During the Stockholm World Water Week, the International Water Management Institute released a report titled Revitalizing Asia’s Irrigation to Sustainably meet tomorrow’s needs.
According to the report’s authors, expanding irrigation is the only way to meet the food needs of an Asian population which will reach 5 billions in 2050 (from 3,5 today), in the context of climate change. Land where rain-fed agriculture is viable are too few and almost entirely developed. And irrigation is the only way to reach the necessary level of productivity.
The authors suggest first of all that big irrigation systems dating back to the Green Revolution should be restored and adequately maintained. Poor maintenance is seen as the cause of a large amount of waste and losses, in Central Asia, but also in China and India. Water management and distribution models need to adapt to the reality of today’s agriculture. According to the report, it is the irrelevance of the current systems which often forces farmers to pump groundwater. The authors unfortunately endorse the usual mantra about the need to involve the private sector in water management. They recommend programmes aiming to extend efficient irrigation technologies, such as drip irrigation, and emphasise the crucial role of farmers’ innovation in inventing new processes or updating ancestral practices such as rainwater harvesting.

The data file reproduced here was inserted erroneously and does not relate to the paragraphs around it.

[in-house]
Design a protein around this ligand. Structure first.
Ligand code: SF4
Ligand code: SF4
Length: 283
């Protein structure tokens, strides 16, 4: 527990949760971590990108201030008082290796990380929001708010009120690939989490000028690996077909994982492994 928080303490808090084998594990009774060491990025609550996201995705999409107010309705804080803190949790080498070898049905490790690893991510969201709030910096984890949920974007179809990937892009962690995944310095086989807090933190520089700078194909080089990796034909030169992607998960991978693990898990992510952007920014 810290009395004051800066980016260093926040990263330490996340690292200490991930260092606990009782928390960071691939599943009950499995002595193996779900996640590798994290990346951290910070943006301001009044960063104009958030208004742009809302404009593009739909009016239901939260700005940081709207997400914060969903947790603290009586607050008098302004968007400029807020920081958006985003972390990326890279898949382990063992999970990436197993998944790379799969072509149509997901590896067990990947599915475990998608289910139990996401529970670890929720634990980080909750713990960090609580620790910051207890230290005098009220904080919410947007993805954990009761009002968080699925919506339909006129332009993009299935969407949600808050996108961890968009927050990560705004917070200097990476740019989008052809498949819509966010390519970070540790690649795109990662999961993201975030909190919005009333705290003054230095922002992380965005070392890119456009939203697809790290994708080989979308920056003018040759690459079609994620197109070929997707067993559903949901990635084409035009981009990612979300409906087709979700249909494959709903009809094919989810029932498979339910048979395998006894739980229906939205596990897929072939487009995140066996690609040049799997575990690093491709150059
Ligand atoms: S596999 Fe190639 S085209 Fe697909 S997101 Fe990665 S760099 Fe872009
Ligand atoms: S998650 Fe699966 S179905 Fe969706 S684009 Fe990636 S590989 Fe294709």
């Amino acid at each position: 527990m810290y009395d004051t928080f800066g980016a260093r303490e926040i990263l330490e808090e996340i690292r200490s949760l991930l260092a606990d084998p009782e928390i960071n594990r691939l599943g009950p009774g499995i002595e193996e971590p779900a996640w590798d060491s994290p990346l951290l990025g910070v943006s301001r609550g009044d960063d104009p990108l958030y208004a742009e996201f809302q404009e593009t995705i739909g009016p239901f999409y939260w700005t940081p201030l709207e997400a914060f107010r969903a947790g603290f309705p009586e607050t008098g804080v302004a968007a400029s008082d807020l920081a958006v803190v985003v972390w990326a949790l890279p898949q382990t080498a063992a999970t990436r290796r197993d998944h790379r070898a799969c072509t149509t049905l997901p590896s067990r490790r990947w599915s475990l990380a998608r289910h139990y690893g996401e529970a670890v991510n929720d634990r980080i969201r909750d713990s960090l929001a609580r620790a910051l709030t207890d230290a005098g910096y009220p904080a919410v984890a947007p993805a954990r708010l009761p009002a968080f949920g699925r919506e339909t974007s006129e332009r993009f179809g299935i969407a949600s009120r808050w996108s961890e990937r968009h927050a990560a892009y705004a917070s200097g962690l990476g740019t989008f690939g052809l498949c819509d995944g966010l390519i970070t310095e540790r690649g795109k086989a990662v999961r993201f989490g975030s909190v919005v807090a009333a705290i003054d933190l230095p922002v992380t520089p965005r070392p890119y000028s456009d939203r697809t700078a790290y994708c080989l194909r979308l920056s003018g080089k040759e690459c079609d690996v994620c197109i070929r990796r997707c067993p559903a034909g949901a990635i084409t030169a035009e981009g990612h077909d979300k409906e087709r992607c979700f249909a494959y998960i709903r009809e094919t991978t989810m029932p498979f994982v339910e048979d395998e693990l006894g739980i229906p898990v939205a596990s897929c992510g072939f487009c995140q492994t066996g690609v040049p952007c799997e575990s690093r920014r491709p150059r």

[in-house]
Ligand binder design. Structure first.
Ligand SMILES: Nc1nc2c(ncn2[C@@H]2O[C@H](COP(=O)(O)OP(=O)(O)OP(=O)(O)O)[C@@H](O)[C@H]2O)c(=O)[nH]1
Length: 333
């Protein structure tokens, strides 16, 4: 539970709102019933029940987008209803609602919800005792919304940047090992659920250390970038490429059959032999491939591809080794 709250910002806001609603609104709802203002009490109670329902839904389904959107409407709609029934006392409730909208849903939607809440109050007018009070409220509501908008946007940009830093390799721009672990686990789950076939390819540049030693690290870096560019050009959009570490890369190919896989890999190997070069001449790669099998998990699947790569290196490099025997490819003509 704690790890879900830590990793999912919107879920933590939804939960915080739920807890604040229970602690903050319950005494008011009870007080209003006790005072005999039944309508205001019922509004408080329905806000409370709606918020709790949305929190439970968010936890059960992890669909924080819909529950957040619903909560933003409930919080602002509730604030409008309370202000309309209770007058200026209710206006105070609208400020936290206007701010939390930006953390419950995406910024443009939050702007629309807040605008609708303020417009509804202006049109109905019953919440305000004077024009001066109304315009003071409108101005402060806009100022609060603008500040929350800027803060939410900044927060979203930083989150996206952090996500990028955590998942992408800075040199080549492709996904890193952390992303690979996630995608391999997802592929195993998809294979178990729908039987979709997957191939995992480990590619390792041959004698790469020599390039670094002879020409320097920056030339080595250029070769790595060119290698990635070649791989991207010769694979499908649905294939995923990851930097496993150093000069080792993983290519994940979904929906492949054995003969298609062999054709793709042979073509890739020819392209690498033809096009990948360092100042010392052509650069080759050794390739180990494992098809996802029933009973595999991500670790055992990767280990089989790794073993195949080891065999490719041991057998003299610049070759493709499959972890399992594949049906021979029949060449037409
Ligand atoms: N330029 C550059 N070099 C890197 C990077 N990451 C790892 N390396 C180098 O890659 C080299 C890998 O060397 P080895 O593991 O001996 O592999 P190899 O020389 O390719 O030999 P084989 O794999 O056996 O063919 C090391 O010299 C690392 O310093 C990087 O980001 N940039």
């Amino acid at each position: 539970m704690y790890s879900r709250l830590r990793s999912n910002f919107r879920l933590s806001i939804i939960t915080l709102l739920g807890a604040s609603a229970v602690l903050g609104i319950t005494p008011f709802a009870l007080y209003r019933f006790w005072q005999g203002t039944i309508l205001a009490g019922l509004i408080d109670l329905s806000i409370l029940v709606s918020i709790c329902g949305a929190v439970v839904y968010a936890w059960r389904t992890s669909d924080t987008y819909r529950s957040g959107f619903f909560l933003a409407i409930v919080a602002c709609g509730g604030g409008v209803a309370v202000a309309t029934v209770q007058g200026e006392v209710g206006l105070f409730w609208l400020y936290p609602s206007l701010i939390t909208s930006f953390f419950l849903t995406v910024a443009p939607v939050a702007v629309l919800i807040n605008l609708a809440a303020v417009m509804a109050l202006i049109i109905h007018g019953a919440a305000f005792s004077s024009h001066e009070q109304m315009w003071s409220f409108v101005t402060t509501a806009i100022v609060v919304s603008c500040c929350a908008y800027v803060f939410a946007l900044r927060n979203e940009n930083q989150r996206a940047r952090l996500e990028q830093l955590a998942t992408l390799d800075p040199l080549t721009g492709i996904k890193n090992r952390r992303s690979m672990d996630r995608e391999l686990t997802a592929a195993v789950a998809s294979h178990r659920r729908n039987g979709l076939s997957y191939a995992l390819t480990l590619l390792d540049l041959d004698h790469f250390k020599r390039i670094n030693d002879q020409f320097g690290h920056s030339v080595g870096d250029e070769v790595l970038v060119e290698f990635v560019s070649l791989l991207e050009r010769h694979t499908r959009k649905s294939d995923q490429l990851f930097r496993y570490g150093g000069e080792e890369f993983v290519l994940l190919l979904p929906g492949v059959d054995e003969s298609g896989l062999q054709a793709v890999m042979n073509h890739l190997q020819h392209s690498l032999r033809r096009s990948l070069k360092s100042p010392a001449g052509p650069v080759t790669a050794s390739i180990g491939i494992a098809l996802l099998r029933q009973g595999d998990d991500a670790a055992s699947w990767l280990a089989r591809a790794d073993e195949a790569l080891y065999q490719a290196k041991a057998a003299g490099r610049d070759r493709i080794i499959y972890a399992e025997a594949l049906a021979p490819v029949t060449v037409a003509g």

Download report at : http://www.iwmi.cgiar.org/SWW2009/P....